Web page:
Anklam's interest in non-European musical cultures and non-traditional approaches to sound, have enriched and broadened the spectrum of his musical talents and projects. One of his most important sources of inspiration has been the fascinating musical world of Asia. He has played and studied the sheng, the Chinese mouth organ, for a number of years. In addition to live performances on such grand international stages as the Blue Note in Osaka, Columbia University and the U.N. in New York, the Forbidden City in Beijing, the Grahamstown Theatre Festival in South Africa, the „Estival Santa Cruz” in Spain, and the Jazzfest in Berlin, he has also composed for radio and theatre productions and received numerous awards and bursaries.
Berliner Beate Gatscha is a freelance dancer, choreographer and musician. After her studies in painting (Fine Arts University of Berlin) and ethnomusicology (University of Berlin), she devoted her education to the study of classical Indian kathak dancing at the Academy of Kathak Dance. She also studied a variety of percussion instruments (hang, Indian and Japanese drums), as well as various modern and ethnic dance styles and martial arts.
Gatscha has developed and choreographed several unique forms of movement: shadow dance theatre, dancing percussion, masked dance, and performances using martial arts. She has worked closely with saxophonist and composer Gert Anklam for a number of years developing a variety of intercultural and interdisciplinary projects. She has performed her own projects and as guest performer all over the world, including in India, Japan, Italy, Spain, France and the USA. She also teaches, choreographs and coaches for dance and theatre productions.
Karin Nakagawa lives in Yokohama/Japan. Her parents are professional musicians. In the age of 12 years she started to learn the extended 25 string Koto developed by her teacher Nosaka Keiko. In 2001 she gratuated from the Music Conservatory of Tokyo, where she studied the traditional 13 string Koto in the style of Ikuta school.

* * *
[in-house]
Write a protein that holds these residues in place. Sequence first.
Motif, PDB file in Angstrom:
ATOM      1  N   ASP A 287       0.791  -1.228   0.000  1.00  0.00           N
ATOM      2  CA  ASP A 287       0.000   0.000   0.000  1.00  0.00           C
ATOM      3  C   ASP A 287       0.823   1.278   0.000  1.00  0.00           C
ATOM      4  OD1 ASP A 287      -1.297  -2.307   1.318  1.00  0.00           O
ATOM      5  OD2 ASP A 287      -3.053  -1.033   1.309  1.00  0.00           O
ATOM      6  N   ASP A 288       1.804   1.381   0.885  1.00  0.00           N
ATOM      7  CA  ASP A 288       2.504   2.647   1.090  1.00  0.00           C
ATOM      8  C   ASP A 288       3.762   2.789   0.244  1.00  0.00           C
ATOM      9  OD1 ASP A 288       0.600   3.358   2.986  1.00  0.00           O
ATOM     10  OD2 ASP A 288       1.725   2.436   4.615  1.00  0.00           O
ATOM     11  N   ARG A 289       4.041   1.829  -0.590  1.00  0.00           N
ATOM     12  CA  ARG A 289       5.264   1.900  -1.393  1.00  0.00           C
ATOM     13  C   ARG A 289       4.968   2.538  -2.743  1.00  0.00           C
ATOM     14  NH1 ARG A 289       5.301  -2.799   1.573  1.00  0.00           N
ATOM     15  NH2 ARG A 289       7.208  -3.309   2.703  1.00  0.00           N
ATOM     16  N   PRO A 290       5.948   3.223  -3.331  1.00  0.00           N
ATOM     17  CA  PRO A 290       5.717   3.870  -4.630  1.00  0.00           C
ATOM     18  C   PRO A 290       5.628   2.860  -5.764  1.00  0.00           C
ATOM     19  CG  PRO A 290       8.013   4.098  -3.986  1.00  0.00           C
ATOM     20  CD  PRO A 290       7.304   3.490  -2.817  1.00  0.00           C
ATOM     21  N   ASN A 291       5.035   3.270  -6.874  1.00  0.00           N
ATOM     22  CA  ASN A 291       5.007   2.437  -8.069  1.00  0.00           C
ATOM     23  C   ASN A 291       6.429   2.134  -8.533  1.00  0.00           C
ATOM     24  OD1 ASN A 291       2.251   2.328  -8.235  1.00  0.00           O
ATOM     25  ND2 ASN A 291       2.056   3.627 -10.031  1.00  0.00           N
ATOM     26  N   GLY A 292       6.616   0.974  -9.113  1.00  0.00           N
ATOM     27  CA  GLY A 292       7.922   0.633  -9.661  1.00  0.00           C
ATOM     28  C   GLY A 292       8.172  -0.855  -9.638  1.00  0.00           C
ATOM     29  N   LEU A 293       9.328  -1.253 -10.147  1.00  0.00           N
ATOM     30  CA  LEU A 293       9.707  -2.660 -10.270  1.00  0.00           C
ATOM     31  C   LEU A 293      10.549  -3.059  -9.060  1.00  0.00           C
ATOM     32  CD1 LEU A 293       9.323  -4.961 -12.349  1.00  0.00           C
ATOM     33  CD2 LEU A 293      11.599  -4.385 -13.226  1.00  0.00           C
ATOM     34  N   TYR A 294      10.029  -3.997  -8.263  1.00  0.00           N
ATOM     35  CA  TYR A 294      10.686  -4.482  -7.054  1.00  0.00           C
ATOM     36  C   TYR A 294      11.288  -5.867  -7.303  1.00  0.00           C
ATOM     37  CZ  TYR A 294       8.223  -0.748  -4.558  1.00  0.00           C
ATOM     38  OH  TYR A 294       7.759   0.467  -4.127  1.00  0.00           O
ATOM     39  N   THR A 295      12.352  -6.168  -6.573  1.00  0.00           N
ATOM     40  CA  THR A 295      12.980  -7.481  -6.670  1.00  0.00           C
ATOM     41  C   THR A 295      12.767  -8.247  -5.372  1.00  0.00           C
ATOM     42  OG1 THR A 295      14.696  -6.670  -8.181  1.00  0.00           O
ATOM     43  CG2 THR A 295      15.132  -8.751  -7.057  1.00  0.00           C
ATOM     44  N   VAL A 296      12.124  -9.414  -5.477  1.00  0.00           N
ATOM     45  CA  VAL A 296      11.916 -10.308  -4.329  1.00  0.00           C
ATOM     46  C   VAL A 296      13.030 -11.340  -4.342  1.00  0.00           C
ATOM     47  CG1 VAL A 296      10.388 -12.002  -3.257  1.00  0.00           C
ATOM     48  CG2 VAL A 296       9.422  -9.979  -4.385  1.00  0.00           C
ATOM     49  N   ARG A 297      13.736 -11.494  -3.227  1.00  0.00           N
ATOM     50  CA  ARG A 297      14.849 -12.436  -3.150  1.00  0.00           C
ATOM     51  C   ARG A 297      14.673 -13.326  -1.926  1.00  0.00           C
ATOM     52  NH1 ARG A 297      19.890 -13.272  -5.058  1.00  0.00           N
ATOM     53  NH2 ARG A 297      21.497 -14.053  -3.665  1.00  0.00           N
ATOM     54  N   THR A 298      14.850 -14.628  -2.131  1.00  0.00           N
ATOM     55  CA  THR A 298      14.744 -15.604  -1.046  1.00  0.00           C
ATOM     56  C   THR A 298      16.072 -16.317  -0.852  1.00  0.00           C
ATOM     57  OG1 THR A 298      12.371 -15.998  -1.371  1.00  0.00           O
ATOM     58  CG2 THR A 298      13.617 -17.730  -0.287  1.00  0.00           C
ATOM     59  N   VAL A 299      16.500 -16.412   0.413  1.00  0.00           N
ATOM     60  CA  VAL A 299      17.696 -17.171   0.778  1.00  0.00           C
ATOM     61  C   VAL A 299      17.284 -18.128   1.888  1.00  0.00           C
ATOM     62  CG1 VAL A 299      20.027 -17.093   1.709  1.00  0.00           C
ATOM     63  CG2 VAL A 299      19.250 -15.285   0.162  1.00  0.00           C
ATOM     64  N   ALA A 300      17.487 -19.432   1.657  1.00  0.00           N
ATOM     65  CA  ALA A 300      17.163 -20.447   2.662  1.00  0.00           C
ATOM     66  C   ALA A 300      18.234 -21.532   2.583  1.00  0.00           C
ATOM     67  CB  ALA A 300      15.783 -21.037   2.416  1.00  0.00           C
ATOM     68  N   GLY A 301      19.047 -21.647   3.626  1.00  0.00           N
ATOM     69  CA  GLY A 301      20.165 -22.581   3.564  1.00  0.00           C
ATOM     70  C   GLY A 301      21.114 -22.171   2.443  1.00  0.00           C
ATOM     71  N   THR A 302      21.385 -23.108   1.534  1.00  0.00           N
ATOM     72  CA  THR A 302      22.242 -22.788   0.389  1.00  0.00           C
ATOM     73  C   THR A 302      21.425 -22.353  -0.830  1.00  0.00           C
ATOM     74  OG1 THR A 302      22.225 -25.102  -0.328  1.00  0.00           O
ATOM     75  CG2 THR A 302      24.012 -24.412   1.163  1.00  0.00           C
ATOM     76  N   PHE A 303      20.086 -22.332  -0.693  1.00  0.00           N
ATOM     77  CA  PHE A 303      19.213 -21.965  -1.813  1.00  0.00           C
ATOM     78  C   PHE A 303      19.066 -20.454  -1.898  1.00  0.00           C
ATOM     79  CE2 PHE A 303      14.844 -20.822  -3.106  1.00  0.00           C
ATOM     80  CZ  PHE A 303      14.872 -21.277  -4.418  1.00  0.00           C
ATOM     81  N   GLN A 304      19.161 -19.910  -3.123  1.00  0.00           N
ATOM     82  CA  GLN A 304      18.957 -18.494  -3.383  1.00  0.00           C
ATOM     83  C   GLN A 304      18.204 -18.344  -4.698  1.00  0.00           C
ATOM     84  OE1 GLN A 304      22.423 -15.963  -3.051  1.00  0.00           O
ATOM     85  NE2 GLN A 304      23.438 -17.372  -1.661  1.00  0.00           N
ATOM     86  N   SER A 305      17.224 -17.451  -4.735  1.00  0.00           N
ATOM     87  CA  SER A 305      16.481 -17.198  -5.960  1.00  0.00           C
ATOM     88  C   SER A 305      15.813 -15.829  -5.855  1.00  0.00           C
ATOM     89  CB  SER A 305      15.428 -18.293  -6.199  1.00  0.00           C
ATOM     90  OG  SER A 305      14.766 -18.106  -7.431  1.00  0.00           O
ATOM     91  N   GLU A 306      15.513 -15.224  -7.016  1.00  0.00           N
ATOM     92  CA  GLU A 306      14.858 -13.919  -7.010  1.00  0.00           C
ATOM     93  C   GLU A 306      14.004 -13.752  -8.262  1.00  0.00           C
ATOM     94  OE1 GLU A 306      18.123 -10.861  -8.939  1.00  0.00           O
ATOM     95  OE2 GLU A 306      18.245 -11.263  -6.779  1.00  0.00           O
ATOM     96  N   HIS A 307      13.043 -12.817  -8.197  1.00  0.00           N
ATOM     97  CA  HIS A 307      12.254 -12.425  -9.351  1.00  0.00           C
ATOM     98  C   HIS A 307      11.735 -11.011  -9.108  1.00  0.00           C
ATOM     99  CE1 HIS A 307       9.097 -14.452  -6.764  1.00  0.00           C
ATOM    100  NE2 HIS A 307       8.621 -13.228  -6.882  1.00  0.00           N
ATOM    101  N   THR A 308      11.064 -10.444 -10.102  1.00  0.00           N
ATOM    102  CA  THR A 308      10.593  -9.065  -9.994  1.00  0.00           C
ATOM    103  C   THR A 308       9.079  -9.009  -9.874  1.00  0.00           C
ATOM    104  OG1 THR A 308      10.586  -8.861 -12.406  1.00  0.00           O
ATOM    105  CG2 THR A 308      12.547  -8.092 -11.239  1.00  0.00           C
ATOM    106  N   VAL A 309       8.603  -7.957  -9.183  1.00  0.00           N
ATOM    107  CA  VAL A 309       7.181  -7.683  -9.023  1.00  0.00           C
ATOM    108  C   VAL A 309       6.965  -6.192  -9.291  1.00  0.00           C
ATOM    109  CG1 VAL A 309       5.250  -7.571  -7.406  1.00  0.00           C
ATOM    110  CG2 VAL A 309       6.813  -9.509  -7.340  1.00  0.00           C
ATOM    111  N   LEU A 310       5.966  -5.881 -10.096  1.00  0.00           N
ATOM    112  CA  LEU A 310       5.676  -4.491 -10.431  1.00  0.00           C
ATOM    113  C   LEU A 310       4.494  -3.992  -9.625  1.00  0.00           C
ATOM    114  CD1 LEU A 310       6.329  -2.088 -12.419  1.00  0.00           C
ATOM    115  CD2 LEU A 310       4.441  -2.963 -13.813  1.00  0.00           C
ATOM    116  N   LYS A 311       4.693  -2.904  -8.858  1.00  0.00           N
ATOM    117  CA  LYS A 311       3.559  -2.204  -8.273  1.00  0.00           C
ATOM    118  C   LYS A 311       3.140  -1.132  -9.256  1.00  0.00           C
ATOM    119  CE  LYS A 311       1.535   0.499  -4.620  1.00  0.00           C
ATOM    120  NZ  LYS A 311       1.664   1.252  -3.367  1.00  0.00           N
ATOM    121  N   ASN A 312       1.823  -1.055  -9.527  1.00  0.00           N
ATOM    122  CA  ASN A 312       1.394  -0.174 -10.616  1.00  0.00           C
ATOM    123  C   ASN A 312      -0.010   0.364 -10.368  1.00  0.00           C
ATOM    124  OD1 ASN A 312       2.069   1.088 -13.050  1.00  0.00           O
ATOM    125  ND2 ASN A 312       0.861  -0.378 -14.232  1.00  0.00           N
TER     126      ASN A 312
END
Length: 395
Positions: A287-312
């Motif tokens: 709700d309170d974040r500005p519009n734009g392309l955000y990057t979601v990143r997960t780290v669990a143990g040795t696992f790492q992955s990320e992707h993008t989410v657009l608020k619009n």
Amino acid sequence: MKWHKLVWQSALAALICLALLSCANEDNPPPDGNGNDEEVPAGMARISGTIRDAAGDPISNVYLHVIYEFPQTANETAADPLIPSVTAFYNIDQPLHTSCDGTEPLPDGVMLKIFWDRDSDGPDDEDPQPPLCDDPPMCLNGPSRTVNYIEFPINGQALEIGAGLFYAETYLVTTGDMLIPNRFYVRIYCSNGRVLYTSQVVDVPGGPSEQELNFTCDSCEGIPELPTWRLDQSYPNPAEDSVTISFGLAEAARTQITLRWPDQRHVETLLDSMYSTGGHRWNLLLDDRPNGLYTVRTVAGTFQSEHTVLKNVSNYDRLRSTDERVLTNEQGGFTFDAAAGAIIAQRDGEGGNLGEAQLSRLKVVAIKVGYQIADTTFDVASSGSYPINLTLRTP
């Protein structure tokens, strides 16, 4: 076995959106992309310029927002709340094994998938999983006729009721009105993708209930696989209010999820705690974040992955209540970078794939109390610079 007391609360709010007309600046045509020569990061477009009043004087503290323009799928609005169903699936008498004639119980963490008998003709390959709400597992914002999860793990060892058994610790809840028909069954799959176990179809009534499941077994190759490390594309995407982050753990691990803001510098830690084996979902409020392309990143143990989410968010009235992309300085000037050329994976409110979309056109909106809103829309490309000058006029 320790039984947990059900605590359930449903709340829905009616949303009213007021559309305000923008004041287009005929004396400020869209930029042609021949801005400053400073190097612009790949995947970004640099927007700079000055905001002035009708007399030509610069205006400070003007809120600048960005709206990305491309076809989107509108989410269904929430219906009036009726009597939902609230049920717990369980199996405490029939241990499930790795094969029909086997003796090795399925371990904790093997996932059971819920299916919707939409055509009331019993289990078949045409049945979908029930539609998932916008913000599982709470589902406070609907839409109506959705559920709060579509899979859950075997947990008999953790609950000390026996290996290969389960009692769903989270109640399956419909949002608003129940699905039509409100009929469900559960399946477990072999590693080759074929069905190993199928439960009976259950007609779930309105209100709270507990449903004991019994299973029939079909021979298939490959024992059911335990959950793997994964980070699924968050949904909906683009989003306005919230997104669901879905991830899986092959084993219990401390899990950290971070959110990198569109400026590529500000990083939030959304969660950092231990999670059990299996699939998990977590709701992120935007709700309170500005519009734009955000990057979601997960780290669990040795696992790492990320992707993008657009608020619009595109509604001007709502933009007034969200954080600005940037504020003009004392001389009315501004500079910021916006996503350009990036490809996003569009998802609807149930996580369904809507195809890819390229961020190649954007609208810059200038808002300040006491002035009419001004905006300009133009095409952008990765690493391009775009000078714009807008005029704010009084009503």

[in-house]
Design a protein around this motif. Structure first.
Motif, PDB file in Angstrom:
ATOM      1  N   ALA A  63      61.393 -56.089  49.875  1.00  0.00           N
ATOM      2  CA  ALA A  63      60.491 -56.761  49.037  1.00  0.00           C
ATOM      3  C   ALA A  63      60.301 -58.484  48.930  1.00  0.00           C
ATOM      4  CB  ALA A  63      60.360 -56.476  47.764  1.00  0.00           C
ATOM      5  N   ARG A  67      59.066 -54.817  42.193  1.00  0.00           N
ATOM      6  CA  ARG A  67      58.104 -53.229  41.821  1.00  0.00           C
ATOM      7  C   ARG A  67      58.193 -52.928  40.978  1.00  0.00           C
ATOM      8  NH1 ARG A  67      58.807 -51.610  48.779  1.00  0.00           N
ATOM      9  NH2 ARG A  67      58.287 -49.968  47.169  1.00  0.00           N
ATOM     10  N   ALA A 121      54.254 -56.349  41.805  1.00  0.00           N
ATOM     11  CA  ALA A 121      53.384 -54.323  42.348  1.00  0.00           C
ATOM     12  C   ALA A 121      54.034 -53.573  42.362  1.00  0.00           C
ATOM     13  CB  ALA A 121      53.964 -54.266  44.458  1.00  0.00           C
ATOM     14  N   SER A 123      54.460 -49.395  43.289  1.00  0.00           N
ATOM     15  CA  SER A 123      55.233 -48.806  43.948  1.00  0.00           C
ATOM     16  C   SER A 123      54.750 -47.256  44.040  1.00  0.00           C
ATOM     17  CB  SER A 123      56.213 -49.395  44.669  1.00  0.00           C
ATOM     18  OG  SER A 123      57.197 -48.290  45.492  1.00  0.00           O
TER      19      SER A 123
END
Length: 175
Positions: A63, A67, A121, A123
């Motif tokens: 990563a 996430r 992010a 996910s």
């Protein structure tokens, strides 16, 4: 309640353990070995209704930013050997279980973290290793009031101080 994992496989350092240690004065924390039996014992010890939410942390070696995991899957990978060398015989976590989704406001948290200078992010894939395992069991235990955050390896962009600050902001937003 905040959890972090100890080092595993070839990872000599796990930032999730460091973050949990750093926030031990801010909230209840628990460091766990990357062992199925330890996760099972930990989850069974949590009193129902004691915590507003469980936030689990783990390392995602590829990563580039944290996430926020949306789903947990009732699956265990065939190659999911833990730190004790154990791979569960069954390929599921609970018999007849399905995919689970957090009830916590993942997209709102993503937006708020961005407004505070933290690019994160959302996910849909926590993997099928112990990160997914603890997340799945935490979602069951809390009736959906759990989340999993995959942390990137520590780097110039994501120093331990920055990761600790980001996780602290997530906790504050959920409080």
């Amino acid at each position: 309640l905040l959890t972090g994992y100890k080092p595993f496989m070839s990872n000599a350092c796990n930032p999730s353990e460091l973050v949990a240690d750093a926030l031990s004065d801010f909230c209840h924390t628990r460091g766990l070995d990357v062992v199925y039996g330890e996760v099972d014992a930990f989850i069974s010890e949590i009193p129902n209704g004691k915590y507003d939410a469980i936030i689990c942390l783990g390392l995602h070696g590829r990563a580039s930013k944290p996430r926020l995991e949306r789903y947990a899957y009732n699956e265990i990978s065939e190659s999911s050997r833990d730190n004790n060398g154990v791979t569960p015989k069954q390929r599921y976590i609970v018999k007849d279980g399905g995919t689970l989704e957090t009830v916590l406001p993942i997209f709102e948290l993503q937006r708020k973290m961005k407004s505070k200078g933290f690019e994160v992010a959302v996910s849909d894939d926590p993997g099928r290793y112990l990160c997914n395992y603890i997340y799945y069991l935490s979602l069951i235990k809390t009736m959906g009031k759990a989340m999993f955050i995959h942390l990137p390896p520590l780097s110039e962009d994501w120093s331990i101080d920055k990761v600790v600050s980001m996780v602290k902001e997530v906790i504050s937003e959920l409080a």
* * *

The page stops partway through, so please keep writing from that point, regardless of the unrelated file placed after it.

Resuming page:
Since then she gives concerts in Japan and abroad with tours sponsored by Japan Foundation. Not only an instrumental expert she is also a gifted singer and accompanies her voice with the Koto. Her musical repertoire is a wide range of traditional Japanese and own modern fusion compositions, influenced by collaboration works with artist from all over the world.
Fusion music doesn#t normally conjure up images of plastic buckets. But had you caught the experimental
German Duo Gert Anklam and Beata Gatscha, in performance
at FUSIC Festival held at the Amethyst last Friday, all
that would have changed. This band, their other musical
skills aside, is „bucketing the melody” ... Gert was quite
brilliant on the soprano saxophone, as Beata, a trained
Kathak dancer, was on her feet, accompanying his solos
with the rhythmic jangling of her anklets „The audience,
seated cross-legged on cosy mattresses, watched mesmerised
as one ensemble succeeded another, pampering their senses
with the tasteful reverberations of global music”.
(MadrasPlus, January 2006)
An adventure in sound!
(The Times of India, March 2000)
Cutting across divisions
(The Indian Express, March 2000)
Please send us an email. We will then send you the password for the video section of our homepage. There you can see a compilation of different live performances.
For questions we are always available (by phone or e-mail). Thank you for your interest in our music.
© by Liquid Soul